Barely a day after the massive leak of data related to India’s Scorpene submarines created a massive stir, the Indian Navy has said that the data in the leaked report is hypothetical and do not pose any security compromise.
"The documents have been examined and do not pose any security compromise as the vital parameters have been blacked out. The Indian Navy has taken up the matter with director general of armament of the French government and has requested the French government to investigate this incident and share their findings. An internal audit of procedures to rule out any security compromise is also being undertaken," said a Navy statement.
The Navy has also made it clear that the leak did not take place in India, contradicting Scorpene submarine-maker French firm DCNS’s claim that the leak might be at the Indian end.
Navy today informed that an internal audit of procedures to rule out any security compromise is being undertaken.
“The matter is being taken up with concerned foreign government through diplomatic channels to verify the authenticity of the reports,” ANI quoted Indian Navy as saying.
The Indian government is also examining impact if information contained in documents claimed to be available with Australian sources is compromise, it said.
“Detailed assessment of potential impact being undertaken by high level committee constituted by Defence Ministry. The Indian Navy is taking all necessary steps to mitigate any probable security compromise,” it said.
Top Defence Ministry sources said that much of the leaked data are "old, dated and irrelevant."
Yesterday, the Nay had said that details in the leaked documents regarding the Scorpene submarine are not valid because the signature can be known only once the boat goes out to the seas.
“How can we know the signature of the boat which is still not done with the trials. The technical and operational details will be written by how we exploit the submarine. So far, even the weapon systems and torpedo are not there,” the Navy has said.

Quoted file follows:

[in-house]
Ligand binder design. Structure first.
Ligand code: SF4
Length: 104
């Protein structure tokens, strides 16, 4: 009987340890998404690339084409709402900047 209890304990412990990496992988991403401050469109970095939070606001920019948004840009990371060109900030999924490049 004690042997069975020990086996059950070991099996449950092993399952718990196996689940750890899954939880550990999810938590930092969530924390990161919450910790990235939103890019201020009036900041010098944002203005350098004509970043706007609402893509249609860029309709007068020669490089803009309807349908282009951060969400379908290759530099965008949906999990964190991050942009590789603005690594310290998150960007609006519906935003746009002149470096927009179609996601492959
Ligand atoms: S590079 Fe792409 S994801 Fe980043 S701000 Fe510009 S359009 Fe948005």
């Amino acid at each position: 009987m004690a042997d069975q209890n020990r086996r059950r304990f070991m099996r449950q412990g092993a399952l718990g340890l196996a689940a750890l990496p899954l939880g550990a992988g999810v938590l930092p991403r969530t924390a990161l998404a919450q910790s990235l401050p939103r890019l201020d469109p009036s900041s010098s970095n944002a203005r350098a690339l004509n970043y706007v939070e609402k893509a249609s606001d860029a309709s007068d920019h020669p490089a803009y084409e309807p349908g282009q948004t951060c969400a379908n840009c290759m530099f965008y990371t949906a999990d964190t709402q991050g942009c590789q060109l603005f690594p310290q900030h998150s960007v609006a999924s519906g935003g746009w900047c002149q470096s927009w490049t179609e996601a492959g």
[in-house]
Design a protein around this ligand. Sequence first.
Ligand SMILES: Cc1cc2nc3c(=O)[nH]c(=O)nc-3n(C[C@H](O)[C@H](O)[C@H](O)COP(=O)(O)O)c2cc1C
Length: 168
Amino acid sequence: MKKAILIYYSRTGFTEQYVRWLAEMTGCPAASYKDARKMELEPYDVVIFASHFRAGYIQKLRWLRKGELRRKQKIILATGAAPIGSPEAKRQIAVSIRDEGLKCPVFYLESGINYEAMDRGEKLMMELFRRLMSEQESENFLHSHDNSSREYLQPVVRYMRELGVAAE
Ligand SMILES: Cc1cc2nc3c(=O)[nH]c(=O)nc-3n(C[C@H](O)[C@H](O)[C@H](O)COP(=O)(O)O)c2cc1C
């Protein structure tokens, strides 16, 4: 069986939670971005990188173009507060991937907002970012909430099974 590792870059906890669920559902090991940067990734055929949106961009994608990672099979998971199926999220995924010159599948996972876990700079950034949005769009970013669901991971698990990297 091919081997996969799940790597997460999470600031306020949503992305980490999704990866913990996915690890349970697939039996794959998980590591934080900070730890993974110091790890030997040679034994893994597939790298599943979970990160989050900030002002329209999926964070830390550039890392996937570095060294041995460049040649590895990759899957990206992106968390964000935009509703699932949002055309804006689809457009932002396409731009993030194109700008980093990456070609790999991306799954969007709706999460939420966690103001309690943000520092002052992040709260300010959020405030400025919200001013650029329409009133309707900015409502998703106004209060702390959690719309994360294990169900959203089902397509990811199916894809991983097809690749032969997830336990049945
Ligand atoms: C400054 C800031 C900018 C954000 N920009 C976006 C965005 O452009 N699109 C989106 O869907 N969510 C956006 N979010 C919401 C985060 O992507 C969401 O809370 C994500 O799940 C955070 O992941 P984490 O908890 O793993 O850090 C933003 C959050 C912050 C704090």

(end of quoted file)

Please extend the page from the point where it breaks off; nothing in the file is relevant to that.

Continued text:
“The available information is being examined at the Integrated Headquarters, Ministry of Defence (Navy), and an analysis is being done by the specialists concerned. It appears that the leak's source is overseas and not in India,” it added.
The Navy, nonetheless, held the leak is an issue of concern.
"The documents should not have been leaked, but there is nothing to be alarmed about," the Navy said.
The data, which comprises over 22,000 pages, was leaked, the Australian media reported yesterday. It contained documents on the Scorpene submarines, designed by French company DCNS and being built in India by the Mazagaon Dock Limited in Mumbai (Maharashtra) at a cost of around $3.5 billion (Rs 23,486 crore).
From the very early phase, the Scorpene project has been in the eye of controversies. From delay to allegations of kickbacks, the project has now been hit by an ‘unusual data leak’.
The leak comes barely a few months before the commissioning of the submarine.
A complaint was also filed at the Prime Minister's Office (PMO), though there was no official statement from the PMO on the issue.
DCNS this year signed a contract with Australia for the manufacture of 12 submarines.
The first of the Scorpene-class submarines being built in India, Kalvari, went for sea trials in May and is expected to be inducted in the Indian Navy by this year-end.
Officials said the other six submarines, in different stages of construction, will be inducted subsequently at intervals of nine months each.
The variants of the Scorpene submarine are used by Malaysia and Chile, and Brazil is soon to join the club.
On the other hand, in a statement, DCNS has blamed the leak on corporate espionage.
The company said that it will determine if any harm had been caused to clients.
“We have been made aware of articles published in the Australian press related to the leakage of sensitive data about Indian Scorpene. This serious matter is thoroughly being investigated by the proper French national authorities for Defense Security. This investigation will determine the exact nature of the leaked documents, the potential damages to DCNS customers as well as the responsibilities for this leakage,” said a statement released by DCNS.